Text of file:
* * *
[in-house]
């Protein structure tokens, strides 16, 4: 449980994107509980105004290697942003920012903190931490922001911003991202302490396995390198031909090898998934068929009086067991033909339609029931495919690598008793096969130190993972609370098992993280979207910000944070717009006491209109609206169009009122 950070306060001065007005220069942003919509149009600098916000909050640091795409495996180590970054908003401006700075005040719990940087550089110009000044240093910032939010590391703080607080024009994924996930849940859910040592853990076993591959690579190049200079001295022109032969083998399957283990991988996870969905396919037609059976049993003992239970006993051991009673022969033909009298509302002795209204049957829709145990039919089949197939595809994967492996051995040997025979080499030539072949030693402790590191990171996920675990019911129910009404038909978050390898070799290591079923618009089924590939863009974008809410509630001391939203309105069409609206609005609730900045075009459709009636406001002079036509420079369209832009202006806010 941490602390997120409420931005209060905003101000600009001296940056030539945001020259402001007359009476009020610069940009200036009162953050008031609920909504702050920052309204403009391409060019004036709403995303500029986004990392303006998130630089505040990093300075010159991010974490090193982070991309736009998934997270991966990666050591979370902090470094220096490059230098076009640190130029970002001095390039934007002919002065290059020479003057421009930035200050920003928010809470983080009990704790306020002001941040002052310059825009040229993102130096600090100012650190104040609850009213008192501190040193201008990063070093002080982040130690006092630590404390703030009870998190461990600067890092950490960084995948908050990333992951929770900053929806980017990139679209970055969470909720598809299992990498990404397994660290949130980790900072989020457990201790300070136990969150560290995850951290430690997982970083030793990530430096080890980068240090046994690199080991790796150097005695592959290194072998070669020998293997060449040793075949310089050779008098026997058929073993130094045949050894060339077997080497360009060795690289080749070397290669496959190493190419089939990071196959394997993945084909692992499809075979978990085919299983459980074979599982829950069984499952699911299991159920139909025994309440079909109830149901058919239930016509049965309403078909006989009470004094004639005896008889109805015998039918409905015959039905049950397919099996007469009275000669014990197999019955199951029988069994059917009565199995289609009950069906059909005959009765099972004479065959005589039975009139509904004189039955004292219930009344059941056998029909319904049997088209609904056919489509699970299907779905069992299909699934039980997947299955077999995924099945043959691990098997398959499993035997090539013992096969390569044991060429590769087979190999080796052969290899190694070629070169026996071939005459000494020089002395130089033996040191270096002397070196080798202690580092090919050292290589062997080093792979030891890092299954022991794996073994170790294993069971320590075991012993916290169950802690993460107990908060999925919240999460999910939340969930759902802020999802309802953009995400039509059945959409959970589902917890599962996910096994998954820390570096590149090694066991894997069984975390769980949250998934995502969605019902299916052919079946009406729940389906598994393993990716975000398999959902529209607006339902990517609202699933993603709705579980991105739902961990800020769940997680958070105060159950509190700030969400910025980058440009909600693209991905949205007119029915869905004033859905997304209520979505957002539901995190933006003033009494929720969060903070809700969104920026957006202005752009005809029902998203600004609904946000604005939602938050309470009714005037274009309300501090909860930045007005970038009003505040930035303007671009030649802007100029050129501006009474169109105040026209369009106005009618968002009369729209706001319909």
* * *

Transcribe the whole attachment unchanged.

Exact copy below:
[in-house]
């Protein structure tokens, strides 16, 4: 449980994107509980105004290697942003920012903190931490922001911003991202302490396995390198031909090898998934068929009086067991033909339609029931495919690598008793096969130190993972609370098992993280979207910000944070717009006491209109609206169009009122 950070306060001065007005220069942003919509149009600098916000909050640091795409495996180590970054908003401006700075005040719990940087550089110009000044240093910032939010590391703080607080024009994924996930849940859910040592853990076993591959690579190049200079001295022109032969083998399957283990991988996870969905396919037609059976049993003992239970006993051991009673022969033909009298509302002795209204049957829709145990039919089949197939595809994967492996051995040997025979080499030539072949030693402790590191990171996920675990019911129910009404038909978050390898070799290591079923618009089924590939863009974008809410509630001391939203309105069409609206609005609730900045075009459709009636406001002079036509420079369209832009202006806010 941490602390997120409420931005209060905003101000600009001296940056030539945001020259402001007359009476009020610069940009200036009162953050008031609920909504702050920052309204403009391409060019004036709403995303500029986004990392303006998130630089505040990093300075010159991010974490090193982070991309736009998934997270991966990666050591979370902090470094220096490059230098076009640190130029970002001095390039934007002919002065290059020479003057421009930035200050920003928010809470983080009990704790306020002001941040002052310059825009040229993102130096600090100012650190104040609850009213008192501190040193201008990063070093002080982040130690006092630590404390703030009870998190461990600067890092950490960084995948908050990333992951929770900053929806980017990139679209970055969470909720598809299992990498990404397994660290949130980790900072989020457990201790300070136990969150560290995850951290430690997982970083030793990530430096080890980068240090046994690199080991790796150097005695592959290194072998070669020998293997060449040793075949310089050779008098026997058929073993130094045949050894060339077997080497360009060795690289080749070397290669496959190493190419089939990071196959394997993945084909692992499809075979978990085919299983459980074979599982829950069984499952699911299991159920139909025994309440079909109830149901058919239930016509049965309403078909006989009470004094004639005896008889109805015998039918409905015959039905049950397919099996007469009275000669014990197999019955199951029988069994059917009565199995289609009950069906059909005959009765099972004479065959005589039975009139509904004189039955004292219930009344059941056998029909319904049997088209609904056919489509699970299907779905069992299909699934039980997947299955077999995924099945043959691990098997398959499993035997090539013992096969390569044991060429590769087979190999080796052969290899190694070629070169026996071939005459000494020089002395130089033996040191270096002397070196080798202690580092090919050292290589062997080093792979030891890092299954022991794996073994170790294993069971320590075991012993916290169950802690993460107990908060999925919240999460999910939340969930759902802020999802309802953009995400039509059945959409959970589902917890599962996910096994998954820390570096590149090694066991894997069984975390769980949250998934995502969605019902299916052919079946009406729940389906598994393993990716975000398999959902529209607006339902990517609202699933993603709705579980991105739902961990800020769940997680958070105060159950509190700030969400910025980058440009909600693209991905949205007119029915869905004033859905997304209520979505957002539901995190933006003033009494929720969060903070809700969104920026957006202005752009005809029902998203600004609904946000604005939602938050309470009714005037274009309300501090909860930045007005970038009003505040930035303007671009030649802007100029050129501006009474169109105040026209369009106005009618968002009369729209706001319909």